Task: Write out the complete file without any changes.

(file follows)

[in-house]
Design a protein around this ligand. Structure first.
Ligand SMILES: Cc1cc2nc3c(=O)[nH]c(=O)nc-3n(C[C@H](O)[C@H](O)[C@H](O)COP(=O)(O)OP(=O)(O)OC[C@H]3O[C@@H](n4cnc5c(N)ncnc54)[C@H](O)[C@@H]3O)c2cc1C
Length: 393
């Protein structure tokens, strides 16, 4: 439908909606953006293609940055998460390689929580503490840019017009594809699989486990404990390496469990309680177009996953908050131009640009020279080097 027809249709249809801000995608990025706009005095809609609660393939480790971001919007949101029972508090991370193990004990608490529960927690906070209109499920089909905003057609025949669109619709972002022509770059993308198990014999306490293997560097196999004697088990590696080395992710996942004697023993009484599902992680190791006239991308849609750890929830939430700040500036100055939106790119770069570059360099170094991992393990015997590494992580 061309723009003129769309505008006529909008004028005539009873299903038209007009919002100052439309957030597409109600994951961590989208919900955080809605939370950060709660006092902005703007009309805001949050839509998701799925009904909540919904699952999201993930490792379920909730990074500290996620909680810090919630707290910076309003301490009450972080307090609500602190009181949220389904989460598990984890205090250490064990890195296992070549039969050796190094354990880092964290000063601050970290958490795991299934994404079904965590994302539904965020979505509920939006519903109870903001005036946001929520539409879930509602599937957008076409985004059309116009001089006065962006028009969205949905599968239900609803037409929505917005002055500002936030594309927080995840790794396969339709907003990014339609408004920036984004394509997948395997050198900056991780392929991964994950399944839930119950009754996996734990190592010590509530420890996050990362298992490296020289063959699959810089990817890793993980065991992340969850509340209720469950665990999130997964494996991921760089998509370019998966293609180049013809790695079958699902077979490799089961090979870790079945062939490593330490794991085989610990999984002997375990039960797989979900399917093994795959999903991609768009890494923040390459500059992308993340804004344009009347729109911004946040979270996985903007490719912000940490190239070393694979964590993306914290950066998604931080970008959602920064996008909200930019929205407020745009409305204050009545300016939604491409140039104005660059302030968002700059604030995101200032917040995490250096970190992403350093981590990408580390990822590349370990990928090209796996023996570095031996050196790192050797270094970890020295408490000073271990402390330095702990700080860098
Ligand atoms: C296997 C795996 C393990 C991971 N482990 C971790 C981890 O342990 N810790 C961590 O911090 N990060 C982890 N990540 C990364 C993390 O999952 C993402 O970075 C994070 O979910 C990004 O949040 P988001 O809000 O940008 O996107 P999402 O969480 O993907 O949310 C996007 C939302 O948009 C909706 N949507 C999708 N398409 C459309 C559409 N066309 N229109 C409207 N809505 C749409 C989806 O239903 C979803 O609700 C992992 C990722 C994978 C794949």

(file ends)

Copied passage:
[in-house]
Design a protein around this ligand. Structure first.
Ligand SMILES: Cc1cc2nc3c(=O)[nH]c(=O)nc-3n(C[C@H](O)[C@H](O)[C@H](O)COP(=O)(O)OP(=O)(O)OC[C@H]3O[C@@H](n4cnc5c(N)ncnc54)[C@H](O)[C@@H]3O)c2cc1C
Length: 393
């Protein structure tokens, strides 16, 4: 439908909606953006293609940055998460390689929580503490840019017009594809699989486990404990390496469990309680177009996953908050131009640009020279080097 027809249709249809801000995608990025706009005095809609609660393939480790971001919007949101029972508090991370193990004990608490529960927690906070209109499920089909905003057609025949669109619709972002022509770059993308198990014999306490293997560097196999004697088990590696080395992710996942004697023993009484599902992680190791006239991308849609750890929830939430700040500036100055939106790119770069570059360099170094991992393990015997590494992580 061309723009003129769309505008006529909008004028005539009873299903038209007009919002100052439309957030597409109600994951961590989208919900955080809605939370950060709660006092902005703007009309805001949050839509998701799925009904909540919904699952999201993930490792379920909730990074500290996620909680810090919630707290910076309003301490009450972080307090609500602190009181949220389904989460598990984890205090250490064990890195296992070549039969050796190094354990880092964290000063601050970290958490795991299934994404079904965590994302539904965020979505509920939006519903109870903001005036946001929520539409879930509602599937957008076409985004059309116009001089006065962006028009969205949905599968239900609803037409929505917005002055500002936030594309927080995840790794396969339709907003990014339609408004920036984004394509997948395997050198900056991780392929991964994950399944839930119950009754996996734990190592010590509530420890996050990362298992490296020289063959699959810089990817890793993980065991992340969850509340209720469950665990999130997964494996991921760089998509370019998966293609180049013809790695079958699902077979490799089961090979870790079945062939490593330490794991085989610990999984002997375990039960797989979900399917093994795959999903991609768009890494923040390459500059992308993340804004344009009347729109911004946040979270996985903007490719912000940490190239070393694979964590993306914290950066998604931080970008959602920064996008909200930019929205407020745009409305204050009545300016939604491409140039104005660059302030968002700059604030995101200032917040995490250096970190992403350093981590990408580390990822590349370990990928090209796996023996570095031996050196790192050797270094970890020295408490000073271990402390330095702990700080860098
Ligand atoms: C296997 C795996 C393990 C991971 N482990 C971790 C981890 O342990 N810790 C961590 O911090 N990060 C982890 N990540 C990364 C993390 O999952 C993402 O970075 C994070 O979910 C990004 O949040 P988001 O809000 O940008 O996107 P999402 O969480 O993907 O949310 C996007 C939302 O948009 C909706 N949507 C999708 N398409 C459309 C559409 N066309 N229109 C409207 N809505 C749409 C989806 O239903 C979803 O609700 C992992 C990722 C994978 C794949």